You should rely only on the information contained in this prospectus. No dealer, salesperson or other person is authorized to give information that is not contained in this prospectus. This prospectus is not an offer to sell nor is it seeking an offer to buy these securities in any jurisdiction where the offer or sale is not permitted. The information in this prospectus is accurate only as of the date of this prospectus, regardless of the time of delivery of this prospectus or of any sale of these securities.

 

i

 

 

PROSPECTUS SUMMARY

 

The following summary highlights selected information contained elsewhere in this prospectus and is qualified in its entirety by the more detailed information and financial statements included elsewhere in this prospectus. It does not contain all the information that may be important to you and your investment decision. You should carefully read this entire prospectus, including the matters set forth under “Risk Factors,” “Management’s Discussion and Analysis of Financial Condition and Results of Operations,” and our financial statements and related notes included elsewhere in this prospectus. In this prospectus, unless context requires otherwise, references to “we,” “us,” “our,” “Syra,” or “the Company” refer to Syra Health Corp.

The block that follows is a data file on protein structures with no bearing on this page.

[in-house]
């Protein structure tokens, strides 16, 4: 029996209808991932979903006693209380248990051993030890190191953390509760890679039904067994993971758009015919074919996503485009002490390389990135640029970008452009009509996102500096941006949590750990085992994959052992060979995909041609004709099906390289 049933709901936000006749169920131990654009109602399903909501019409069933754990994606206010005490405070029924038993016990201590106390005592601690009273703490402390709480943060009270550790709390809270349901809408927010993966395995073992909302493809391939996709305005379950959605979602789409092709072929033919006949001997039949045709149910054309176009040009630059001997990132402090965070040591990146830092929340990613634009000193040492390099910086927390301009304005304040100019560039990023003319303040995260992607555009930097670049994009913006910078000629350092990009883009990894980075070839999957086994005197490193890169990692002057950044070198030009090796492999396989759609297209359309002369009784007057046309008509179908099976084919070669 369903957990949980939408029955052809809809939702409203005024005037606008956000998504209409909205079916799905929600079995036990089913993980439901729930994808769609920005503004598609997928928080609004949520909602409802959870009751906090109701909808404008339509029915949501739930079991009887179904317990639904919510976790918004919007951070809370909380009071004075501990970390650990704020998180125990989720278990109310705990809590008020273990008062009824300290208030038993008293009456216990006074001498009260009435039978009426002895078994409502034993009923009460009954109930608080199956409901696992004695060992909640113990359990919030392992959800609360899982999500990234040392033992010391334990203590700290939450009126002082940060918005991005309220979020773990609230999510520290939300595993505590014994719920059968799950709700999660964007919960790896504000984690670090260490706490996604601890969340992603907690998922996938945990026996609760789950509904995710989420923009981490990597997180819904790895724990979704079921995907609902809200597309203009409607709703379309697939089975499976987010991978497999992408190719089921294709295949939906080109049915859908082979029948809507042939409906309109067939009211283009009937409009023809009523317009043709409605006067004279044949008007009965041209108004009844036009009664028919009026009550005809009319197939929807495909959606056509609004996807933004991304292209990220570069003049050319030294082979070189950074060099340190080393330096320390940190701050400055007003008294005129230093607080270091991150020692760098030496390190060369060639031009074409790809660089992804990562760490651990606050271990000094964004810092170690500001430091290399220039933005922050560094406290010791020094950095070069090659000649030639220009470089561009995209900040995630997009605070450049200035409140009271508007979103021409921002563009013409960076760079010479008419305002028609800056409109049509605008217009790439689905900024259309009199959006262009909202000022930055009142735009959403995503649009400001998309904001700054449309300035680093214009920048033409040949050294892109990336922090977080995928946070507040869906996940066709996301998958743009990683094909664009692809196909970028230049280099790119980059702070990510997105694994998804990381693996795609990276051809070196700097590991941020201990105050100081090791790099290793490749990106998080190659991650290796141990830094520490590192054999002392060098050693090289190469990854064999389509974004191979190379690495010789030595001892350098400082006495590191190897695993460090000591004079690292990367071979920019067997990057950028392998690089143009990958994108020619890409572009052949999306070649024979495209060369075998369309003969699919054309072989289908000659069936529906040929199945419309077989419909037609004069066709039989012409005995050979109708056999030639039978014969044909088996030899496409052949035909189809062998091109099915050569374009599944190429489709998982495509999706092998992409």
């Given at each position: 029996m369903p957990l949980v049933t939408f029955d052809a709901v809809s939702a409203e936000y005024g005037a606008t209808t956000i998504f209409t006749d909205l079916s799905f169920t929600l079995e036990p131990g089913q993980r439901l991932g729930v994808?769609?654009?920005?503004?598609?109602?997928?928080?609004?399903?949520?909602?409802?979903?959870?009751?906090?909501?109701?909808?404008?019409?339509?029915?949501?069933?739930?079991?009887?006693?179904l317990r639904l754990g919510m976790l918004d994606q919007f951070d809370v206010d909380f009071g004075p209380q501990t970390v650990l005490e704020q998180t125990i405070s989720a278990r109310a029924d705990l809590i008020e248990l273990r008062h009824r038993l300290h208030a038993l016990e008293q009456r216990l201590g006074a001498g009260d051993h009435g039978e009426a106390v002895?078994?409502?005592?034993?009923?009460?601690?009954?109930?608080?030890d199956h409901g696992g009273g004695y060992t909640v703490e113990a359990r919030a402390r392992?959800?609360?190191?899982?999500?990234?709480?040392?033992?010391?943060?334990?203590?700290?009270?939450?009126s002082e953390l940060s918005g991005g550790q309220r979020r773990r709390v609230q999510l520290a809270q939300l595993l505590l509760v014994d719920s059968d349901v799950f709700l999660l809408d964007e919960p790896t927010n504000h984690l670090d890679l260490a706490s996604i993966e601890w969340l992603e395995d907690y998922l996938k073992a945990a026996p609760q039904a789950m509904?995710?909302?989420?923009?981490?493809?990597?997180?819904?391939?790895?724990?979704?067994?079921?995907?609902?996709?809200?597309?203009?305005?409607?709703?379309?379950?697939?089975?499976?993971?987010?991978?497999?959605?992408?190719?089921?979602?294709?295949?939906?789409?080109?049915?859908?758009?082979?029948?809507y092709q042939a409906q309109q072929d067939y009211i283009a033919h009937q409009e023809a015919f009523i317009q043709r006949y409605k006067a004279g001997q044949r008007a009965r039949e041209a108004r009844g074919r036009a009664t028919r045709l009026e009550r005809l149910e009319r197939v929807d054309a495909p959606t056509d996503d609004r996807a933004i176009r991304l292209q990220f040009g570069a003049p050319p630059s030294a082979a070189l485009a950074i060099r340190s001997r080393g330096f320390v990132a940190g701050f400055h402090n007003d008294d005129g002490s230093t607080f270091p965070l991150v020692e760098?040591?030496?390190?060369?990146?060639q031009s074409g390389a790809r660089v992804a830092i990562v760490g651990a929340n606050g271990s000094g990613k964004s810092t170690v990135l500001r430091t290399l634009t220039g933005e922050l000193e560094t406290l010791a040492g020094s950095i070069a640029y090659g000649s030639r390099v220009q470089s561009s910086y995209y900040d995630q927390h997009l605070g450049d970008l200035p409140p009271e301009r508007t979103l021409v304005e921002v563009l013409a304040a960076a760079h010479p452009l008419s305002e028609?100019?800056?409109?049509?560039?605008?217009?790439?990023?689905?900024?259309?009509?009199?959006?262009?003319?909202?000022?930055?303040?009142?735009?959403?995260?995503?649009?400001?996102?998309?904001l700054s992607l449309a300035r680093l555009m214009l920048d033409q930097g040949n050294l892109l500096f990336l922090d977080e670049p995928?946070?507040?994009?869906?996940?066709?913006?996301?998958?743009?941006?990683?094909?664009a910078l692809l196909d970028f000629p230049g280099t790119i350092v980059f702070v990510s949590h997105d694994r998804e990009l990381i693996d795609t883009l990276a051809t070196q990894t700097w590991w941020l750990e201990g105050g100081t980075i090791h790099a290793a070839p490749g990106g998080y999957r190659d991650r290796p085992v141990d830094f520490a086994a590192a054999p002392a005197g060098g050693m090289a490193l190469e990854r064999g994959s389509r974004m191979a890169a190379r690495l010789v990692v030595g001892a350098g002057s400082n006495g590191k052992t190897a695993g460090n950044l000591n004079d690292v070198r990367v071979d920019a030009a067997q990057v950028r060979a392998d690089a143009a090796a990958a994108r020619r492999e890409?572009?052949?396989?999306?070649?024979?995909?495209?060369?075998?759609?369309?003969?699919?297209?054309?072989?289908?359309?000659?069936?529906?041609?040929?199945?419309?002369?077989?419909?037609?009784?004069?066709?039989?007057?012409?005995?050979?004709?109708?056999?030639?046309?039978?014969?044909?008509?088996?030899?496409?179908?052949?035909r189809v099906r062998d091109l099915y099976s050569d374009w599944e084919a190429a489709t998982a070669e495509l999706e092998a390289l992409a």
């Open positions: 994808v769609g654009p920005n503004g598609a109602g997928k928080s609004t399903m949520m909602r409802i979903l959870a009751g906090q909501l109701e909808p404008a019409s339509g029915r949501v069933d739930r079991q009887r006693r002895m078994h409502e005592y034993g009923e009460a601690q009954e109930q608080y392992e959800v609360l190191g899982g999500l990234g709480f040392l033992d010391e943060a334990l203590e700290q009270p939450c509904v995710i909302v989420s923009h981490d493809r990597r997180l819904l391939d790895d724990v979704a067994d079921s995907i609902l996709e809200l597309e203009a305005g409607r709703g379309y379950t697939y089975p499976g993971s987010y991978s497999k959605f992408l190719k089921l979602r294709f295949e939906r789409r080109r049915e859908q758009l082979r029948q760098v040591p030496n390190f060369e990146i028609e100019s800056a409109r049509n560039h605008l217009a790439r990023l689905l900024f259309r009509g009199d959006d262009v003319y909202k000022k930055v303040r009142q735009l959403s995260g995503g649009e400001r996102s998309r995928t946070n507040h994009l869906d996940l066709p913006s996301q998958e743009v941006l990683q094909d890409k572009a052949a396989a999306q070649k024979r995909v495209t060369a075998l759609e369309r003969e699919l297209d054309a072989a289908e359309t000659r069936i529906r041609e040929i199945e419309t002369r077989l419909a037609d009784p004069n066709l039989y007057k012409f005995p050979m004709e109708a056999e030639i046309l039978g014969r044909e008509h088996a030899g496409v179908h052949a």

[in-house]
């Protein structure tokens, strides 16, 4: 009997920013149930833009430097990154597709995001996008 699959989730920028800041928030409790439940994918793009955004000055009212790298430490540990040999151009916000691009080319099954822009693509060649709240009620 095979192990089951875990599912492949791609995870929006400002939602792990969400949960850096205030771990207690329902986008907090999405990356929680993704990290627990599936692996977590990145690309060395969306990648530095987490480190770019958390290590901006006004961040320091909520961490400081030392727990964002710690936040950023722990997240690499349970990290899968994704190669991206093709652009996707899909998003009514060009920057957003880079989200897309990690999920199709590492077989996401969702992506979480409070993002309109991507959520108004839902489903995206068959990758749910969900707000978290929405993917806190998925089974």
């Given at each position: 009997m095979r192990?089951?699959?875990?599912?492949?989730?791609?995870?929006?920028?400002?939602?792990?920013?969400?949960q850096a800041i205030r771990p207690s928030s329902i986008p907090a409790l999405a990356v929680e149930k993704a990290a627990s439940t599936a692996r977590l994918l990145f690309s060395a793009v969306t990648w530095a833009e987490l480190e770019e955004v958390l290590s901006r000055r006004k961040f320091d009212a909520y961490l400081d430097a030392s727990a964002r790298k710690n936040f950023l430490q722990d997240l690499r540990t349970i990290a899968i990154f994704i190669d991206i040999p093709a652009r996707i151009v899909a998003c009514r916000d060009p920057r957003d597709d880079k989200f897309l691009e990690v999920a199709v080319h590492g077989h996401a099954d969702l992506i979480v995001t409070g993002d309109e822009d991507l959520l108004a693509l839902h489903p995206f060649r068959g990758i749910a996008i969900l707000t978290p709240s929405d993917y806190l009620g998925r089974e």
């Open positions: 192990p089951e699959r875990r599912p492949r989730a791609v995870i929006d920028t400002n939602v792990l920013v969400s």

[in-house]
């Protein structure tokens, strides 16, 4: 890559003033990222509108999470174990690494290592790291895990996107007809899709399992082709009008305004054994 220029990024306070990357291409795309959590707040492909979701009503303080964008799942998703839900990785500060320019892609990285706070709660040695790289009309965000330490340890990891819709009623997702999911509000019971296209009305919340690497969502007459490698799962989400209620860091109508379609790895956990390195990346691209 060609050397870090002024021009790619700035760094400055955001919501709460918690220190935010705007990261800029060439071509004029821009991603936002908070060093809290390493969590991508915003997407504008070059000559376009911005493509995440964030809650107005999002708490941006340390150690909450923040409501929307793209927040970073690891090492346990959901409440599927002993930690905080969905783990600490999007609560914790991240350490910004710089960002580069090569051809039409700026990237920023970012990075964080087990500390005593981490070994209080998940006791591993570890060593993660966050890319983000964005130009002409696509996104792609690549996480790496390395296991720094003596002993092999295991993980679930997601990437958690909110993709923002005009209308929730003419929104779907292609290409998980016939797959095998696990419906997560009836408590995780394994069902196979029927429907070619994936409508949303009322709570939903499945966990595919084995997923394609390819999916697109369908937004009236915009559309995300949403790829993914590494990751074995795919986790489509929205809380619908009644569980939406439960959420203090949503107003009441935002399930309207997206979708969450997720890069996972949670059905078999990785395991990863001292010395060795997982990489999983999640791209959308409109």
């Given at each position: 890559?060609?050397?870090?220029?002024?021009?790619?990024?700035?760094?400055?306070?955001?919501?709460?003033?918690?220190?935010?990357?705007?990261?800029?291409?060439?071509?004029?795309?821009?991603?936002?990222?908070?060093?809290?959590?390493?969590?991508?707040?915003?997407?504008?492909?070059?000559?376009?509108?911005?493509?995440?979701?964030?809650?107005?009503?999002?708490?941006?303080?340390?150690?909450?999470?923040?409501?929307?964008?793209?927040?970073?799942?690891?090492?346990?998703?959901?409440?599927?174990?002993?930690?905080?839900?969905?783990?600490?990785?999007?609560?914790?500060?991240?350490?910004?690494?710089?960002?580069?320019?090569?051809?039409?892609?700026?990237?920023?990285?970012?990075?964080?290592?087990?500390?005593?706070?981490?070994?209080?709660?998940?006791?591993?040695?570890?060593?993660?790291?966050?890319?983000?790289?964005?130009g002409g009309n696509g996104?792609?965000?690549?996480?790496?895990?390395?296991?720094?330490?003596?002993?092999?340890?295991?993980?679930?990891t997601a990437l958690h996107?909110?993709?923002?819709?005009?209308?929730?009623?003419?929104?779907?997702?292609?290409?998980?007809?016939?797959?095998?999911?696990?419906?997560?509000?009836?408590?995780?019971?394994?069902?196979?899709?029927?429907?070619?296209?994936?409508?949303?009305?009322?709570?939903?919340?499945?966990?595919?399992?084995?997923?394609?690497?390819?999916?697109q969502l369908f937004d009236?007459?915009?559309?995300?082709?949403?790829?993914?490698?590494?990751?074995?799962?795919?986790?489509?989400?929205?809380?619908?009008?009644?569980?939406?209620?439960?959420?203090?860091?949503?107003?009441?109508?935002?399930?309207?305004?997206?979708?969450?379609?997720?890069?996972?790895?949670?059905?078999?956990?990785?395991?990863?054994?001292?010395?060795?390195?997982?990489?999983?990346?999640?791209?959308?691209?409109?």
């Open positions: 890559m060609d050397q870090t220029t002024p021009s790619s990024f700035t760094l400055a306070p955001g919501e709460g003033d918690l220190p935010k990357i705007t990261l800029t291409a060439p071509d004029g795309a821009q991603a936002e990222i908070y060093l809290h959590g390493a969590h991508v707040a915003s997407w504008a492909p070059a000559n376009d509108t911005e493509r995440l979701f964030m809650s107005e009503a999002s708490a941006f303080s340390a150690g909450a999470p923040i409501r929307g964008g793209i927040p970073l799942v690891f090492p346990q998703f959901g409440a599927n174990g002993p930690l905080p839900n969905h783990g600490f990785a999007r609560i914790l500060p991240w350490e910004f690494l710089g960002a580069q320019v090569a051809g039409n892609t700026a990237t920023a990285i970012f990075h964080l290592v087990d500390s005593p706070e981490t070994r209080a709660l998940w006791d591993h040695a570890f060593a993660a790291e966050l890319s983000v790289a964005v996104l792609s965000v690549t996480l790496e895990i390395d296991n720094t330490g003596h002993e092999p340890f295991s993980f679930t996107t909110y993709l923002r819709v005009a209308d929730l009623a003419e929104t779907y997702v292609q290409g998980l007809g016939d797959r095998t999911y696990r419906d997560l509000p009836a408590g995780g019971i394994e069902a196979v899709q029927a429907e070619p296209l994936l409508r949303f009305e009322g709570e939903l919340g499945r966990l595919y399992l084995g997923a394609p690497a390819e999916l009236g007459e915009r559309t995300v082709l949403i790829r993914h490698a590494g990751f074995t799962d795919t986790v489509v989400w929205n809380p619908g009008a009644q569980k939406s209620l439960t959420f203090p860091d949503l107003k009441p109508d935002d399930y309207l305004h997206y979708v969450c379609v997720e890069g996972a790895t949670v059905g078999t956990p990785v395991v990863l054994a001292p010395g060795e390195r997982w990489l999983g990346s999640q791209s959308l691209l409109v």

Overview

 

We are a healthcare services company promoting preventative health, holistic wellness, health education, and equitable healthcare for all patient demographics. We leverage deep scientific and healthcare expertise to create strategic frameworks and develop patient-centric solutions for the betterment of patient lives and health outcome linked to developing a healthier population. We strive to offer comprehensive end-to-end solutions in health education services, population health management, behavioral and mental health, healthcare workforce and digital health.

 

Indiana Family and Social Services Administration accounted for approximately 98% of our revenues for each of the years ended December 31, 2022 and 2021 and 99% and 92% of our accounts receivable at December 31, 2022 and 2021, respectively, as due from the combined divisions (NeuroDiagnostic Institute and Division of Mental Health and Addiction) of the Indiana Family and Social Services Administration.